The equipment financing industry plays an integral role in our economy. Around 8 in 10 American businesses use equipment financing and leasing to “acquire the productive assets they need to operate and grow,” according to the Equipment Leasing and Finance Association (ELFA).
To help businesses and equipment vendors make informed decisions regarding capital production and sales strategies in 2023, we’ve outlined the key trends emerging within the equipment financing industry.
Supply chain difficulties
Supply chain issues are expected to continue into the foreseeable future. Initially, the COVID-19 pandemic caused many companies to cut back on production and reduce the money spent on equipment. Since cases have eased and customers have returned to pre-pandemic habits, however, optimism among businesses has inspired innovative growth strategies. As firms struggle to produce enough output to satisfy demand, they are adapting current business models or developing “pivot” models that require new equipment and systems. Additionally, businesses are expected to invest heavily in maintaining inventory and improving supply chain resilience to prepare for another demand shock in the future.
Automation and digitization
As businesses strive to overcome challenges and transition to new models, the ongoing surge of technology, connectivity, and automation will be central to growth and profitability. Artificial Intelligence (AI), robotics, and smart systems are being integrated at multiple operational levels across nearly every market sector. Farmers, for instance, are using robots and smart technologies to water and fertilize their crops, improve quality control, mobilize and manage machinery, simplify production tasks, and streamline distribution processes. Companies in all industries will also have to implement data-based security protocols to deal with rampant cybersecurity threats and risks.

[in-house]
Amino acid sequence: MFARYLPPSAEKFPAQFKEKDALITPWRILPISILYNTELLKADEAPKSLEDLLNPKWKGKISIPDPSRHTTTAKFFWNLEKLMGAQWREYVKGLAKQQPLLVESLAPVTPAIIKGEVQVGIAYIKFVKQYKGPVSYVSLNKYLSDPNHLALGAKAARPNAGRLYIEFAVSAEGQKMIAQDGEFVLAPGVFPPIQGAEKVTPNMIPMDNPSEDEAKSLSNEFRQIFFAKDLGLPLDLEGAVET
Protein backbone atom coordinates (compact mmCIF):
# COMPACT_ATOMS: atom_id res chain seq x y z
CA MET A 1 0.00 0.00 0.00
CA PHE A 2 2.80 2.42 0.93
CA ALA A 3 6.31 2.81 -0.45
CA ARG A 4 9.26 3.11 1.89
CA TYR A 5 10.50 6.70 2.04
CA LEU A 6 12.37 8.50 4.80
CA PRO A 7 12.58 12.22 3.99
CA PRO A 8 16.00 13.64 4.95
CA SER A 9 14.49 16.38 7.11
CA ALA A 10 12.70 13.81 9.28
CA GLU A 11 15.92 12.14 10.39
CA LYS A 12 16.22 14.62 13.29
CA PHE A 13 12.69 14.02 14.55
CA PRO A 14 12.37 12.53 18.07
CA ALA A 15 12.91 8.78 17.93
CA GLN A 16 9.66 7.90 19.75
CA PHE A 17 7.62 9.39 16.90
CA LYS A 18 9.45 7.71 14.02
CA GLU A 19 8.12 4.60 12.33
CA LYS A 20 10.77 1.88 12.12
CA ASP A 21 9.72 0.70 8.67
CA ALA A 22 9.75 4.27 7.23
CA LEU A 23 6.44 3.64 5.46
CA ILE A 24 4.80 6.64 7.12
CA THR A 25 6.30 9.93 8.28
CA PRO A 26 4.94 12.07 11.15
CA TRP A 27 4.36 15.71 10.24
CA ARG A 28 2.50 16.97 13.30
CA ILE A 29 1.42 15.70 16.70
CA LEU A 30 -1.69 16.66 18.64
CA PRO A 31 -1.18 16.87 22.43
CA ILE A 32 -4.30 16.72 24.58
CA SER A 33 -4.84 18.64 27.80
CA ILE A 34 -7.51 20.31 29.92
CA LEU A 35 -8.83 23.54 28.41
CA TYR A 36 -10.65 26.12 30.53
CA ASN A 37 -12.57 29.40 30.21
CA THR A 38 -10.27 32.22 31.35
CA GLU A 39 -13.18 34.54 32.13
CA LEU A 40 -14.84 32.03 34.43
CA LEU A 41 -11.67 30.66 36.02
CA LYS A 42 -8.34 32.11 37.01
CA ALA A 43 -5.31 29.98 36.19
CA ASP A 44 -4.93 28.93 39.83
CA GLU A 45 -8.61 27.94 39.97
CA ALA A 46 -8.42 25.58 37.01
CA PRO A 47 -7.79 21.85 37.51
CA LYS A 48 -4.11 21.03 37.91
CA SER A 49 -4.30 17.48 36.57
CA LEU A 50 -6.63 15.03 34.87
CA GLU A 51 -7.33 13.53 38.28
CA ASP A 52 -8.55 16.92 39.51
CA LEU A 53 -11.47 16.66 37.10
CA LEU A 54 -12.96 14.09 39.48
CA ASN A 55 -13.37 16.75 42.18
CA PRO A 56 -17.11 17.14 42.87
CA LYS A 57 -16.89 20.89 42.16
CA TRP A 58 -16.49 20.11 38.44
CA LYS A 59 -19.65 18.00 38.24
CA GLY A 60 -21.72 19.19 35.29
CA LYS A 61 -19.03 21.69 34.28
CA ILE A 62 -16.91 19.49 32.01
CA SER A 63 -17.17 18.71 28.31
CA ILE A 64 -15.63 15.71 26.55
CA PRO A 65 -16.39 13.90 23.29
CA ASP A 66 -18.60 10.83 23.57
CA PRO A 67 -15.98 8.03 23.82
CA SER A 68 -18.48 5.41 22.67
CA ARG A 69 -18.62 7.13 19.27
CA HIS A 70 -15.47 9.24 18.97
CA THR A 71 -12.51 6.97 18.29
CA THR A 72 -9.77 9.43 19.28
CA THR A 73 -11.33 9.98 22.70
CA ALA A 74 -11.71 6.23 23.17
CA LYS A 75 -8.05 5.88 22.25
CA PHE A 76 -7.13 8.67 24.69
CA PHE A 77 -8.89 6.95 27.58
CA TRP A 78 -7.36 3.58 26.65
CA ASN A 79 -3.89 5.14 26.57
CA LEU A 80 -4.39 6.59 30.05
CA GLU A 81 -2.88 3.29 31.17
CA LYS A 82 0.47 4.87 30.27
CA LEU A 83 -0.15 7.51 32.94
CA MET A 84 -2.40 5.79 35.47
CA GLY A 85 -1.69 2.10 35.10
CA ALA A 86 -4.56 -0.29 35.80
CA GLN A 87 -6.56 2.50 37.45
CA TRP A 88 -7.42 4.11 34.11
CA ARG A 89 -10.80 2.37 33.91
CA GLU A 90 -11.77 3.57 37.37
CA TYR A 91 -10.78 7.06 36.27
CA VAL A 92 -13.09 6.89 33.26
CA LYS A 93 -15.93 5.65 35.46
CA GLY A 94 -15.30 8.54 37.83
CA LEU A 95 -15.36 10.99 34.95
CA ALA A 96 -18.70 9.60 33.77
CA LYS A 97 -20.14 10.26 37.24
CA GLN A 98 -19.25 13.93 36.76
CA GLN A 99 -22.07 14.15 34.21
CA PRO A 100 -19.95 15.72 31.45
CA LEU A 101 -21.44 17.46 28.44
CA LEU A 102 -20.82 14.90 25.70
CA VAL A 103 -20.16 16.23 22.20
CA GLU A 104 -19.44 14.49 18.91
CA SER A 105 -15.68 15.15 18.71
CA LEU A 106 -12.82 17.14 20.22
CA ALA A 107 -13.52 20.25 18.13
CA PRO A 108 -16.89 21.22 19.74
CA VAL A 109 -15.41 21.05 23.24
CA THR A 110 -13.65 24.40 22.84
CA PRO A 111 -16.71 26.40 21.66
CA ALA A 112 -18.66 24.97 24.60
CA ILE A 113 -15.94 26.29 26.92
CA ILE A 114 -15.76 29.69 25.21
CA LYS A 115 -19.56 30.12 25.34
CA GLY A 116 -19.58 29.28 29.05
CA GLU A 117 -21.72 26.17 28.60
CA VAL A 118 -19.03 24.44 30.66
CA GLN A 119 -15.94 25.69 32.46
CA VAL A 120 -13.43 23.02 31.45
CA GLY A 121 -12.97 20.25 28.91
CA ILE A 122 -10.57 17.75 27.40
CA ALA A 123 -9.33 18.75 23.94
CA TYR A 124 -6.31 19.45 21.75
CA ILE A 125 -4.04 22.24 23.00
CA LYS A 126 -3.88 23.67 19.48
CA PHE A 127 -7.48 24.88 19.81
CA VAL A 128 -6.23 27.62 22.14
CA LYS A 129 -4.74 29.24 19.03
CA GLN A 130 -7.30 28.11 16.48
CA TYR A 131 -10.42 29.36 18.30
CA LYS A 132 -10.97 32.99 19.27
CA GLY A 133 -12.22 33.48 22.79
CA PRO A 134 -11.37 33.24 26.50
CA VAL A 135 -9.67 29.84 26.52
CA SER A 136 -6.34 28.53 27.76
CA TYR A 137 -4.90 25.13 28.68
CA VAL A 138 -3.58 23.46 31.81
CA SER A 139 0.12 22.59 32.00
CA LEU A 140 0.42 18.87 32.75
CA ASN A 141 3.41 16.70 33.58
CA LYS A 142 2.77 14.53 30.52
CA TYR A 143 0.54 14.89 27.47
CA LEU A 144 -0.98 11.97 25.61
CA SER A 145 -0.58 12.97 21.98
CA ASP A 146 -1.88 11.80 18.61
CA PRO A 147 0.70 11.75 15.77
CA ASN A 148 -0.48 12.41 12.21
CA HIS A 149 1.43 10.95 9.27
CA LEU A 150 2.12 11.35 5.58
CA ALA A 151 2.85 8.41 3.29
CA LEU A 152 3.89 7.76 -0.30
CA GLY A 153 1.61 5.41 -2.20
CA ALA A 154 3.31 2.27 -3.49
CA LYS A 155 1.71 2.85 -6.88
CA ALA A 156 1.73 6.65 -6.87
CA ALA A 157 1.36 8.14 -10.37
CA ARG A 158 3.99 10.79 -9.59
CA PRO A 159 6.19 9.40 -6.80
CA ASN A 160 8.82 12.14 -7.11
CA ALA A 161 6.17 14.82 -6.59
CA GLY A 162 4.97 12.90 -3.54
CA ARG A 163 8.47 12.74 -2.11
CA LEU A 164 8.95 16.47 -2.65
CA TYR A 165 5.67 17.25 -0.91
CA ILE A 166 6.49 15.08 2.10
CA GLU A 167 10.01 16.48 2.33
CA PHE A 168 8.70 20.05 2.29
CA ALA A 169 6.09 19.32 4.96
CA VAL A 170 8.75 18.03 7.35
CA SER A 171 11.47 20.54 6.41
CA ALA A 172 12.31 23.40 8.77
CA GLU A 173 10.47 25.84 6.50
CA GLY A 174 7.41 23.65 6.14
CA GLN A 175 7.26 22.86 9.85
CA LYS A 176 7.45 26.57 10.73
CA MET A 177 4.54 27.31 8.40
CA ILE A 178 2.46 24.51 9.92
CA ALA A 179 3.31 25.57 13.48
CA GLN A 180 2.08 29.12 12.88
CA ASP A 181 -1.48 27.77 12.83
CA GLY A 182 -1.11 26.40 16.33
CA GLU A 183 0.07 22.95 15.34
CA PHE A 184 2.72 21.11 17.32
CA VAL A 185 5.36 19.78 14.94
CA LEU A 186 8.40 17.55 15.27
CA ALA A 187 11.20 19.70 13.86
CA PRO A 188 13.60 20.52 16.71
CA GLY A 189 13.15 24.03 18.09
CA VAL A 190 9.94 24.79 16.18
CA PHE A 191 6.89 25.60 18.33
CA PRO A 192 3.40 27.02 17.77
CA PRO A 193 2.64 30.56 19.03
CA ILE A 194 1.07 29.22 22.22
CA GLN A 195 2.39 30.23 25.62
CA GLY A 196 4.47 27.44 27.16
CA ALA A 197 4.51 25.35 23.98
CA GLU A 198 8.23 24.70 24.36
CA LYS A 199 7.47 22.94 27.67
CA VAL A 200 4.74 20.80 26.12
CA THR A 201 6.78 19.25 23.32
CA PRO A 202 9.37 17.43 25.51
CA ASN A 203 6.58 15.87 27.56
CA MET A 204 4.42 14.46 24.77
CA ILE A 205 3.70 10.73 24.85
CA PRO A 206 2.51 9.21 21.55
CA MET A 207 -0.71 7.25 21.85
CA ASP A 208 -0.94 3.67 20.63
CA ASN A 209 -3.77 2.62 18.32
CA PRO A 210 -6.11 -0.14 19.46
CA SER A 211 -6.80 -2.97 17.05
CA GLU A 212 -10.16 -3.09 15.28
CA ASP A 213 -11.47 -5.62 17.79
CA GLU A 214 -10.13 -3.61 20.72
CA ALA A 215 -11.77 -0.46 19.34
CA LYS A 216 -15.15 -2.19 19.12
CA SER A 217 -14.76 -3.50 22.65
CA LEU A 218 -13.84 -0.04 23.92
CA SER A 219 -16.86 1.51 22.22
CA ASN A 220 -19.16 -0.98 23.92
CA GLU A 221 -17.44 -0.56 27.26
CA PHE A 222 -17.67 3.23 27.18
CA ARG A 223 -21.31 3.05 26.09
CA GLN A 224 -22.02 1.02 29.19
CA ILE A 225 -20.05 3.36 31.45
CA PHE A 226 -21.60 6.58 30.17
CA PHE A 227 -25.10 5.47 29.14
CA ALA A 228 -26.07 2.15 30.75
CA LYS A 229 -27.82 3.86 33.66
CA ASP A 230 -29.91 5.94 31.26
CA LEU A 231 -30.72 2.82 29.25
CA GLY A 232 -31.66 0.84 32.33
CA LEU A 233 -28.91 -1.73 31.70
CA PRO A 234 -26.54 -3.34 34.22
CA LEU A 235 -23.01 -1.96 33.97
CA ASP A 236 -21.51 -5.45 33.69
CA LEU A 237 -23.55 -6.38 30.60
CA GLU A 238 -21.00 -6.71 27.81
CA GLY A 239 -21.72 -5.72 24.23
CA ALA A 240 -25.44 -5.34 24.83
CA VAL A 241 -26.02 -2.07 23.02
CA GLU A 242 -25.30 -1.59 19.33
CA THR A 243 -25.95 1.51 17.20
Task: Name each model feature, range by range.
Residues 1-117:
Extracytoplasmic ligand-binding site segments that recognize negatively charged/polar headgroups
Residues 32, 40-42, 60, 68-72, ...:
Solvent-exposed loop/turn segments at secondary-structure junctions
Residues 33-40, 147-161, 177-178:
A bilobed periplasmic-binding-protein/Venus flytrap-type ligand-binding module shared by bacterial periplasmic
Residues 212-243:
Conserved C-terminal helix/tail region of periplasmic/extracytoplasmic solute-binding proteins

Rising inflation and monetary policy
In response to rising inflation, the Central Bank has imposed several interest rate hikes this year. This will likely continue until the target inflation rate of 2% is reached. Some end-user markets, like residential construction and automobiles “will suffer comparatively larger reductions in demand due to higher interest rates,” according to the Equipment Leasing and Finance Foundation’s Q3 Outlook Report.
To stay nimble and competitive, businesses must look to flexible funding sources and creative equipment solutions as part of their innovation strategies.
Impacts of Russia-Ukraine War
The war between Russia and Ukraine has created numerous complications for the global economy. There are two trends in particular that impact the equipment manufacturing industry. First, the price of gas has risen dramatically because countries have halted acceptance of Russian oil imports. Although this has made it more expensive to operate gas-powered equipment this past year, several experts forecast that the price of oil will go down as major producers ramp up production to satisfy demand. Second, the price of certain agricultural commodities that Ukraine produces (wheat, barley, sunflower oil, etc.) has skyrocketed. This may require domestic farmers to ramp up production to satisfy the global demand for these goods if the conflict continues.
Despite rising interest rates and significant market volatility this year, GDP is expected to remain positive. According to S&P Global, US GDP is expected to reach 2.4% by the end of 2022. Other statistics (such as increased credit demand) indicate that the economy is expected to grow throughout the year. For example, 11% of banks reported stronger commercial and industrial (C&I) loans among mid to large companies last quarter, and the Equipment Lease & Finance Foundation projects 5.9% growth in business equipment and software investment in 2022. Why? Because leasing equipment makes it easier to weather volatile markets.
Equipment financing and market volatility
Leased equipment typically holds value better during inflationary markets for a couple reasons. By financing equipment and paying for it over time – at a fixed rate – the cost of the asset remains constant while it generates revenue. As goods and service prices increase during an inflation, the spread between the asset cost and its generated revenue (or profits) increases as well. Additionally, using fixed payments to spread the cost out over time, instead of buying it outright with cash or bank lines of credit, allows a business to preserve working capital for other expenses or investments.
A global pandemic, domestic policy shifts, harsh national recession, and geopolitical conflict all underscore warranted uncertainty. Meanwhile, this period of economic growth and business rebound is ripe for investment in innovation. To acquire the necessary assets for success today and strategic growth in the future, organizations can look to equipment financing for more certainty and flexibility.